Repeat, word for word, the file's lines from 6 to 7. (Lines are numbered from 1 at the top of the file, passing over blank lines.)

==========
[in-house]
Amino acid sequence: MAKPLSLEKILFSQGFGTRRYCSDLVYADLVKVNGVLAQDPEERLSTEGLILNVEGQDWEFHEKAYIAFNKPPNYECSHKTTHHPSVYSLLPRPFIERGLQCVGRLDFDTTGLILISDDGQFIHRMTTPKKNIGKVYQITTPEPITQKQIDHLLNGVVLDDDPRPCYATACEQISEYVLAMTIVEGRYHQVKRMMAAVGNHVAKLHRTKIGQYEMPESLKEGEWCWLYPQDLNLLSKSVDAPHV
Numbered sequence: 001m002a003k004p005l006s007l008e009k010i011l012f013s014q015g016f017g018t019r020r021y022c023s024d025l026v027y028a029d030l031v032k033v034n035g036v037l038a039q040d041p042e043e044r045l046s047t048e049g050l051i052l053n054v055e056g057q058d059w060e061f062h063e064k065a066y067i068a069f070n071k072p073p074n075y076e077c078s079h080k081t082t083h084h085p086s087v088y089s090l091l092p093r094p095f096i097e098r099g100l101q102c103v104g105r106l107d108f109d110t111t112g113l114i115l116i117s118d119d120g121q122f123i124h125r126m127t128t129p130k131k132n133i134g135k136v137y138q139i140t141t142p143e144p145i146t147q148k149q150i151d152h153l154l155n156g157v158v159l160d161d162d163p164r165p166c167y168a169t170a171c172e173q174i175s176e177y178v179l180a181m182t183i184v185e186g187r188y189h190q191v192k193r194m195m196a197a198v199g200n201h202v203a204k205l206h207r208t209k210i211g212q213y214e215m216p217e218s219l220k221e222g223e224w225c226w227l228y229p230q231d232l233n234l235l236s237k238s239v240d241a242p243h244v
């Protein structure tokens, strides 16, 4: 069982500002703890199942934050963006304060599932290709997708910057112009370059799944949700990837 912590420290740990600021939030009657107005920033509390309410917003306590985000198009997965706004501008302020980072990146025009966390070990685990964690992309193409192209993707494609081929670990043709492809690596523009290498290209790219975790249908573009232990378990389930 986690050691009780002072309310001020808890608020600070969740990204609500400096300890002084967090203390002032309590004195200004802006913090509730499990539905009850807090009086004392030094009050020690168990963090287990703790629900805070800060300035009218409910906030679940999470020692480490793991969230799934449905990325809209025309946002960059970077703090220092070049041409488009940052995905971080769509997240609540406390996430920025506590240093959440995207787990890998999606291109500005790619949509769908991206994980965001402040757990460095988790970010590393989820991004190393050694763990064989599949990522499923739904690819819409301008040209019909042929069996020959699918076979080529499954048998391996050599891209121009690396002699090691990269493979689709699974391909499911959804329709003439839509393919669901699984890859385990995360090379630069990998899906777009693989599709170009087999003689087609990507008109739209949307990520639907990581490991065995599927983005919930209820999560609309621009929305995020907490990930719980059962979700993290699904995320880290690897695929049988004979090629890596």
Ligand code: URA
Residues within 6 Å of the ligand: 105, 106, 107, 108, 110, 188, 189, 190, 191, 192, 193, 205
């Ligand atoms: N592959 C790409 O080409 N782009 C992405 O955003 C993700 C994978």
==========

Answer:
Residues within 6 Å of the ligand: 105, 106, 107, 108, 110, 188, 189, 190, 191, 192, 193, 205
């Ligand atoms: N592959 C790409 O080409 N782009 C992405 O955003 C993700 C994978």